Justice #696223 v. Beaumont et al

Filing 7

OPINION; judgment to issue; signed by District Judge Jane M. Beckering (lep)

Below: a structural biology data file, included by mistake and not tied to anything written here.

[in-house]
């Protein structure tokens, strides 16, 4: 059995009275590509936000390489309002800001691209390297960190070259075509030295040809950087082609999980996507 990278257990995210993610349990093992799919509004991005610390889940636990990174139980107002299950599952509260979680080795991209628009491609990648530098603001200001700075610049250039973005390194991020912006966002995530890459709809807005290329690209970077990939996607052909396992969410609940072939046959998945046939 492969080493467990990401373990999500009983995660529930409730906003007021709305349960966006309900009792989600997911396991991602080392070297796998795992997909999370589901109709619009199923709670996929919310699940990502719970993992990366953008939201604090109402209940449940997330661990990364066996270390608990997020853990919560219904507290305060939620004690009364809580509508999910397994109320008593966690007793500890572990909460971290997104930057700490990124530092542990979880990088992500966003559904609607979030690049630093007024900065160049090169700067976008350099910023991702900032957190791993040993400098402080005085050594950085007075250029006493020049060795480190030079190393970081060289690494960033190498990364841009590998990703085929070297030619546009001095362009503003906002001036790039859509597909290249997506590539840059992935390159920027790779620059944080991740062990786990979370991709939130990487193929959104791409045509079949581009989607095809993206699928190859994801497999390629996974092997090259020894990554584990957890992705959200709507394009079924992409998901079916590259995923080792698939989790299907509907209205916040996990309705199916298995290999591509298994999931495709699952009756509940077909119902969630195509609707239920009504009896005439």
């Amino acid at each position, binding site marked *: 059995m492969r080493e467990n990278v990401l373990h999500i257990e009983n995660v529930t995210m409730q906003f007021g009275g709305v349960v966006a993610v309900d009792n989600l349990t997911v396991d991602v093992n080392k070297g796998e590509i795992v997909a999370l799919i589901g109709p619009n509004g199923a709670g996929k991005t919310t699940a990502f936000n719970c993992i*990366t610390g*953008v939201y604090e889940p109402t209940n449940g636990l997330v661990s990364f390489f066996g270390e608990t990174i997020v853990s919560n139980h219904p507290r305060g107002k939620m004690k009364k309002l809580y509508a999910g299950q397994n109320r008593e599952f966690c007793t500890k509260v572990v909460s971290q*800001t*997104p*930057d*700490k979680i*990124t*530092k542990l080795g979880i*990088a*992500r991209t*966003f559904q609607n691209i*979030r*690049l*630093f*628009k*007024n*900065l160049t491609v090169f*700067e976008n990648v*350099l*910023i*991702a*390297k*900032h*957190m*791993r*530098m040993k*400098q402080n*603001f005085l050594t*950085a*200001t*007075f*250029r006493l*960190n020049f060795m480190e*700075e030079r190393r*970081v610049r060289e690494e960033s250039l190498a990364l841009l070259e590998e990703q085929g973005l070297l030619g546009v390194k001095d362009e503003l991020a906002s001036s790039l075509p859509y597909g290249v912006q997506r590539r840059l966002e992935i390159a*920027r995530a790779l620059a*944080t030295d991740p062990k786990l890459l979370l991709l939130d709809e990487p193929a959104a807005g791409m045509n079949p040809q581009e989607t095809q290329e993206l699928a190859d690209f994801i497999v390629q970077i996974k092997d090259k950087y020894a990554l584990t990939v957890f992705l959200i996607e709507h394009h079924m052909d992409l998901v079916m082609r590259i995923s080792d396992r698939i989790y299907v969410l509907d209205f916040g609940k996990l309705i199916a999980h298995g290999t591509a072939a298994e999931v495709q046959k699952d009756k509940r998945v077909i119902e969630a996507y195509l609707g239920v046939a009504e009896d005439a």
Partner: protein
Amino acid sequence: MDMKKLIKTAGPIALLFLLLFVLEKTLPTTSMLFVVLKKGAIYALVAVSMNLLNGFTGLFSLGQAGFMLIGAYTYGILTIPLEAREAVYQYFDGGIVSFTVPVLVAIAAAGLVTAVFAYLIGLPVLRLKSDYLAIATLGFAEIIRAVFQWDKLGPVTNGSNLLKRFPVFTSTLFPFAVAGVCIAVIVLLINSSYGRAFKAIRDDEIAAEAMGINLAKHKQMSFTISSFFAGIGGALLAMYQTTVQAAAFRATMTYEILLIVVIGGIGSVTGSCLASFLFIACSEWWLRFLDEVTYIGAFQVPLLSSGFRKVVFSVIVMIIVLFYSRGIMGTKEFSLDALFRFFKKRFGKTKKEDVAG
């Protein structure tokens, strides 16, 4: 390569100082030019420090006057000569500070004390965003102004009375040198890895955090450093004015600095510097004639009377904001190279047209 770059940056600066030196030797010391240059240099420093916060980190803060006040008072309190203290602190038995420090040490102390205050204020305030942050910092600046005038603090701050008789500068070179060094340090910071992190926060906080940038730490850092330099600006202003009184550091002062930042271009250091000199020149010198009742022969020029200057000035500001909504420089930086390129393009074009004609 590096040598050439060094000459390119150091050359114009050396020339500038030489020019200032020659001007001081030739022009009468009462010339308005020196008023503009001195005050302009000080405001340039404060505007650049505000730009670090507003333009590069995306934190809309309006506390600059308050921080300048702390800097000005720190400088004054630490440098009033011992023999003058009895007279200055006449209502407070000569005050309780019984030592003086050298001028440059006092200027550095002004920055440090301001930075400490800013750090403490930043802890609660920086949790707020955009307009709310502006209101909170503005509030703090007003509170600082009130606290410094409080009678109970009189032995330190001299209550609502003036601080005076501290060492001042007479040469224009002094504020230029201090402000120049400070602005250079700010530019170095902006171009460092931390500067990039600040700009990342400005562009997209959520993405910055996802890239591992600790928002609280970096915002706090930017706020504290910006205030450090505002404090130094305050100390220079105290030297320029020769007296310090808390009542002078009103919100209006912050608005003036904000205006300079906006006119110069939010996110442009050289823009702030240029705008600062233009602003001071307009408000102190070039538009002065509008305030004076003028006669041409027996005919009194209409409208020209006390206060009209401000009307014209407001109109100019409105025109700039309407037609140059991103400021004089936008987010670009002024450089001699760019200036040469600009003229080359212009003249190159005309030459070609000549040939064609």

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Case 1:22-cv-01179-JMB-RSK ECF No. 7, PageID.59 Filed 01/18/23 Page 1 of 8 UNITED STATES DISTRICT COURT WESTERN DISTRICT OF MICHIGAN SOUTHERN DIVISION ______ ERIN JUSTICE, Plaintiff, v. Case No. 1:22-cv-1179 Honorable Jane M. Beckering AMANDA BEAUMONT et al., Defendants. ____________________________/ OPINION This is a civil rights action brought by a state prisoner under 42 U.S.C. § 1983. Under the Prison Litigation Reform Act, Pub. L. No. 104-134, 110 Stat. 1321 (1996) (PLRA), the Court is required to dismiss any prisoner action brought under federal law if the complaint is frivolous, malicious, fails to state a claim upon which relief can be granted, or seeks monetary relief from a defendant immune from such relief. 28 U.S.C. §§ 1915(e)(2), 1915A; 42 U.S.C. § 1997e(c). The Court must read Plaintiff’s pro se complaint indulgently, see Haines v. Kerner, 404 U.S. 519, 520 (1972), and accept Plaintiff’s allegations as true, unless they are clearly irrational or wholly incredible. Denton v. Hernandez, 504 U.S. 25, 33 (1992). Applying these standards, the Court will dismiss Plaintiff’s complaint for failure to state a claim. Discussion Factual allegations Plaintiff is presently incarcerated with the Michigan Department of Corrections (MDOC) at the Earnest C. Brooks Correctional Facility (LRF) in Muskegon Heights, Muskegon County, Michigan. The events about which he complains occurred at that facility. Plaintiff sues LRF Case 1:22-cv-01179-JMB-RSK ECF No. 7, PageID.60 Filed 01/18/23 Page 2 of 8 Healthcare Unit Manager Amanda Beaumont, LRF Director of Nurses Jill Britton, and Unknown Party #1, described as the dentist who provided services to Plaintiff at LRF during September of 2022 (“the dentist”). Plaintiff alleges that on September 15, 2022, he requested dental services because he had a broken front tooth that was causing him pain. (Compl., ECF No. 1, PageID.2.) Plaintiff was examined by the dentist on September 19, 2022. Plaintiff alleges that the dentist informed Plaintiff that he needed a root canal and crown to repair his tooth. (Id.) That allegation is somewhat disingenuous. The documents Plaintiff attaches to his complaint reveal that the dentist told Plaintiff the dentist could extract the tooth immediately to address the problem. (Health Care Request, ECF No. 1-1, PageID.13; Grievance # LRF202209139718A, ECF No. 1-2, PageID.28; Grievance, ECF No. 1-2, PageID.33.) The dentist also explained that the problem could be addressed with a root canal and crown, but that the MDOC did not provide those services and that, if that was Plaintiff’s preference, he would have to arrange for an offsite service provider at Plaintiff’s own expense. Plaintiff sent a request to Defendant Beaumont seeking information regarding the procedure for offsite care. (Compl., ECF No. 1, PageID.2; Health Care Request, ECF No. 1-1, PageID.9.) Defendant Britton responded that Plaintiff would be responsible for identifying an outside provider, arranging for the offsite visit, and paying the costs of the visit and dental care. (Compl., ECF No. 1, PageID.2; Response, ECF No. 1-1, PageID.10.) Defendant Beaumont echoed the information provided by Defendant Britton in a later response. (Response, ECF No. 1-1, PageID.12.) Ms. Beaumont also reviewed the Step I grievance response after Plaintiff grieved the refusal to provide a root canal and crown. (Step I Grievance Response, ECF No. 1-2, PageID.25.) 2 Case 1:22-cv-01179-JMB-RSK ECF No. 7, PageID.61 Filed 01/18/23 Page 3 of 8 Beyond those responses, there is no indication that Defendants Beaumont or Britton played any role in providing or failing to provide dental care to Plaintiff. Plaintiff contends that Defendants were deliberately indifferent to Plaintiff’s dental healthcare needs in violation of the Eighth Amendment. He seeks compensatory, punitive, and nominal damages, as well as a declaration that Defendants have violated Plaintiff’s constitutional rights. Failure to state a claim A complaint may be dismissed for failure to state a claim if it fails “to give the defendant fair notice of what the . . . claim is and the grounds upon which it rests.” Bell Atl. Corp. v. Twombly, 550 U.S. 544, 555 (2007) (quoting Conley v. Gibson, 355 U.S. 41, 47 (1957)). While a complaint need not contain detailed factual allegations, a plaintiff’s allegations must include more than labels and conclusions. Id.; Ashcroft v. Iqbal, 556 U.S. 662, 678 (2009) (“Threadbare recitals of the elements of a cause of action, supported by mere conclusory statements, do not suffice.”). The court must determine whether the complaint contains “enough facts to state a claim to relief that is plausible on its face.” Twombly, 550 U.S. at 570. “A claim has facial plausibility when the plaintiff pleads factual content that allows the court to draw the reasonable inference that the defendant is liable for the misconduct alleged.” Iqbal, 556 U.S. at 679. Although the plausibility standard is not equivalent to a “‘probability requirement,’ . . . it asks for more than a sheer possibility that a defendant has acted unlawfully.” Id. at 678 (quoting Twombly, 550 U.S. at 556). “[W]here the well-pleaded facts do not permit the court to infer more than the mere possibility of misconduct, the complaint has alleged—but it has not ‘show[n]’—that the pleader is entitled to relief.” Id. at 679 (quoting Fed. R. Civ. P. 8(a)(2)); see also Hill v. Lappin, 630 F.3d 468, 470–71 (6th Cir. 2010) (holding that the Twombly/Iqbal plausibility standard applies to dismissals of prisoner cases on initial review under 28 U.S.C. §§ 1915A(b)(1) and 1915(e)(2)(B)(ii)). 3 Case 1:22-cv-01179-JMB-RSK ECF No. 7, PageID.62 Filed 01/18/23 Page 4 of 8 To state a claim under 42 U.S.C. § 1983, a plaintiff must allege the violation of a right secured by the federal Constitution or laws and must show that the deprivation was committed by a person acting under color of state law. West v. Atkins, 487 U.S. 42, 48 (1988); Street v. Corr. Corp. of Am., 102 F.3d 810, 814 (6th Cir. 1996). Because § 1983 is a method for vindicating federal rights, not a source of substantive rights itself, the first step in an action under § 1983 is to identify the specific constitutional right allegedly infringed. Albright v. Oliver, 510 U.S. 266, 271 (1994). In this action, Plaintiff alleges that Defendants violated his rights under the Eighth Amendment. The Eighth Amendment prohibits the infliction of cruel and unusual punishment against those convicted of crimes. U.S. Const. amend. VIII. The Eighth Amendment obligates prison authorities to provide medical care to incarcerated individuals, as a failure to provide such care would be inconsistent with contemporary standards of decency. Estelle v. Gamble, 429 U.S. 97, 103–04 (1976). The Eighth Amendment is violated when a prison official is deliberately indifferent to the serious medical needs of a prisoner. Id. at 104–05; Comstock v. McCrary, 273 F.3d 693, 702 (6th Cir. 2001). A claim for the deprivation of adequate medical care has an objective and a subjective component. Farmer v. Brennan, 511 U.S. 825, 834 (1994). To satisfy the objective component, the plaintiff must allege that the medical need at issue is sufficiently serious. Id. In other words, the inmate must show that he is incarcerated under conditions posing a substantial risk of serious harm. Id. The objective component of the adequate medical care test is satisfied “[w]here the seriousness of a prisoner’s need[] for medical care is obvious even to a lay person.” Blackmore v. Kalamazoo Cnty., 390 F.3d 890, 899 (6th Cir. 2004); see also Phillips v. Roane Cnty., 534 F.3d 531, 539–40 (6th Cir. 2008). 4 Case 1:22-cv-01179-JMB-RSK ECF No. 7, PageID.63 Filed 01/18/23 Page 5 of 8 The subjective component requires an inmate to show that prison officials have “a sufficiently culpable state of mind” in denying medical care. Brown v. Bargery, 207 F.3d 863, 867 (6th Cir. 2000). Deliberate indifference “entails something more than mere negligence,” but can be “satisfied by something less than acts or omissions for the very purpose of causing harm or with knowledge that harm will result.” Farmer, 511 U.S. at 835. “[T]he official must both be aware of facts from which the inference could be drawn that a substantial risk of serious harm exists, and he must also draw the inference.” Id. at 837. To prove a defendant’s subjective knowledge, “[a] plaintiff may rely on circumstantial evidence . . . : A jury is entitled to ‘conclude that a prison official knew of a substantial risk from the very fact that the risk was obvious.’” Rhinehart v. Scutt, 894 F.3d 721, 738 (6th Cir. 2018) (quoting Farmer, 511 U.S. at 842). However, not every claim by a prisoner that he has received inadequate medical treatment states a violation of the Eighth Amendment. Estelle, 429 U.S. at 105. As the Supreme Court explained: [A]n inadvertent failure to provide adequate medical care cannot be said to constitute an unnecessary and wanton infliction of pain or to be repugnant to the conscience of mankind. Thus, a complaint that a physician has been negligent in diagnosing or treating a medical condition does not state a valid claim of medical mistreatment under the Eighth Amendment. Medical malpractice does not become a constitutional violation merely because the victim is a prisoner. In order to state a cognizable claim, a prisoner must allege acts or omissions sufficiently harmful to evidence deliberate indifference to serious medical needs. Id. at 105–06 (quotations omitted). Thus, differences in judgment between an inmate and prison medical personnel regarding the appropriate medical diagnoses or treatment are not enough to state a deliberate indifference claim. Sanderfer v. Nichols, 62 F.3d 151, 154–55 (6th Cir. 1995); Ward v. Smith, No. 95-6666, 1996 WL 627724, at *1 (6th Cir. Oct. 29, 1996). This is so even if the misdiagnosis results in an inadequate course of treatment and considerable suffering. Gabehart v. Chapleau, No. 96-5050, 1997 WL 160322, at *2 (6th Cir. Apr. 4, 1997). 5 Case 1:22-cv-01179-JMB-RSK ECF No. 7, PageID.64 Filed 01/18/23 Page 6 of 8 The Sixth Circuit distinguishes “between cases where the complaint alleges a complete denial of medical care and those cases where the claim is that a prisoner received inadequate medical treatment.” Westlake v. Lucas, 537 F.2d 857, 860 n.5 (6th Cir. 1976). If “a prisoner has received some medical attention and the dispute is over the adequacy of the treatment, federal courts are generally reluctant to second guess medical judgments and to constitutionalize claims which sound in state tort law.” Id.; see also Rouster, 749 F.3d at 448; Perez v. Oakland Cnty., 466 F.3d 416, 434 (6th Cir. 2006); Kellerman v. Simpson, 258 F. App’x 720, 727 (6th Cir. 2007); McFarland v. Austin, 196 F. App’x 410 (6th Cir. 2006); Edmonds v. Horton, 113 F. App’x 62, 65 (6th Cir. 2004); Brock v. Crall, 8 F. App’x 439, 440–41 (6th Cir. 2001); Berryman v. Rieger, 150 F.3d 561, 566 (6th Cir. 1998). “Where the claimant received treatment for his condition, as here, he must show that his treatment was ‘so woefully inadequate as to amount to no treatment at all.’” Mitchell v. Hininger, 553 F. App’x 602, 605 (6th Cir. 2014) (quoting Alspaugh v. McConnell, 643 F.3d 162, 169 (6th Cir. 2011)). He must demonstrate that the care he received was “so grossly incompetent, inadequate, or excessive as to shock the conscience or to be intolerable to fundamental fairness.” See Miller v. Calhoun Cnty., 408 F.3d 803, 819 (6th Cir. 2005) (quoting Waldrop v. Evans, 871 F.2d 1030, 1033 (11th Cir. 1989)). In this action, even if the Court were to presume that Plaintiff’s allegations satisfy the objective prong, his allegations fail to satisfy the subjective prong. The crux of Plaintiff’s claim is that the MDOC must provide root canal treatment—not merely tooth extraction—as an option for his condition. The Sixth Circuit has concluded that there are circumstances where the failure to provide a root canal and crown, as opposed to extraction, might evidence deliberate indifference: (1) if the decision maker were seeking to enrich themselves, i.e., “because an extraction would pay them more than another treatment option”; or (2) if the refusal of the root canal option “interfered 6 Case 1:22-cv-01179-JMB-RSK ECF No. 7, PageID.65 Filed 01/18/23 Page 7 of 8 with prescribed medical treatment.” Walker v. Washington, No. 21-1446, order at p. 4 (6th Cir. Dec. 14, 2021). But neither of those circumstances are present here, nor has Plaintiff alleged that they are present. Plaintiff does not allege that extraction would not have been an effective treatment for his condition. He certainly might have preferred a root canal and crown, but that does not mean that offering the alternative treatment of extraction evidences a disregard for a substantial risk of harm to Plaintiff. Plaintiff’s allegations, therefore, boil down to a straightforward disagreement regarding appropriate treatment. Many courts have concluded that this same disagreement— extraction versus restorative treatment—does not state a claim for violation of the Eighth Amendment. See, e.g., Leachman v. Harris Cnty, Texas, 779 F. App’x 234, 238 (5th Cir. 2019) (“We have concluded a prisoner failed to state a claim under the Eighth Amendment based on the jail’s provision of ‘extraction of his injured teeth’ rather than ‘more expensive restorative treatment.’”); Matthews v. Raemisch, 513 F. App’x 605, 607 (7th Cir. 2013) (“Ajala argues that the district court erred by granting summary judgment on his claim of deliberate indifference to his infected tooth because the prison refuses to provide him with a root canal procedure. The district court correctly found that the prison is offering him an extraction procedure and that this dispute is over nothing but the choice of one routine medical procedure versus another.”); James v. Pa. Dep’t of Corr., 230 F. App’x 195, 196–97 (3rd Cir. 2007) (concluding that, where plaintiff favored root canal over extraction, plaintiff raised “merely . . . a disagreement over the proper course of his treatment and thus failed to allege a reckless disregard with respect to his dental care”); see also Ciaprazi v. Jacobson, No. 13 Civ. 4813, 2016 WL 4619267, at *4 n.4 (S.D.N.Y. Sept. 6, 2016) (noting that courts have upheld policies that offer only extraction—and decline to pay or provide for root canals and crowns—in numerous jurisdictions, and citing cases). 7 Case 1:22-cv-01179-JMB-RSK ECF No. 7, PageID.66 Filed 01/18/23 Page 8 of 8 Accordingly, the Court concludes that Plaintiff fails to allege facts that support an inference that any of these Defendants were deliberately indifferent to Plaintiff’s serious medical need. Conclusion Having conducted the review required by the Prison Litigation Reform Act, the Court determines that Plaintiff’s complaint will be dismissed for failure to state a claim, under 28 U.S.C. §§ 1915(e)(2) and 1915A(b), and 42 U.S.C. § 1997e(c). The Court must next decide whether an appeal of this action would be in good faith within the meaning of 28 U.S.C. § 1915(a)(3). See McGore v. Wrigglesworth, 114 F.3d 601, 611 (6th Cir. 1997). Although the Court concludes that Plaintiff’s claims are properly dismissed, the Court does not conclude that any issue Plaintiff might raise on appeal would be frivolous. Coppedge v. United States, 369 U.S. 438, 445 (1962). Accordingly, the Court does not certify that an appeal would not be taken in good faith. Should Plaintiff appeal this decision, the Court will assess the $505.00 appellate filing fee pursuant to § 1915(b)(1), see McGore, 114 F.3d at 610–11, unless Plaintiff is barred from proceeding in forma pauperis, e.g., by the “three-strikes” rule of § 1915(g). If he is barred, he will be required to pay the $505.00 appellate filing fee in one lump sum. This is a dismissal as described by 28 U.S.C. § 1915(g). A judgment consistent with this opinion will be entered. Dated: /s/ Jane M. Beckering Jane M. Beckering United States District Judge January 18, 2023 8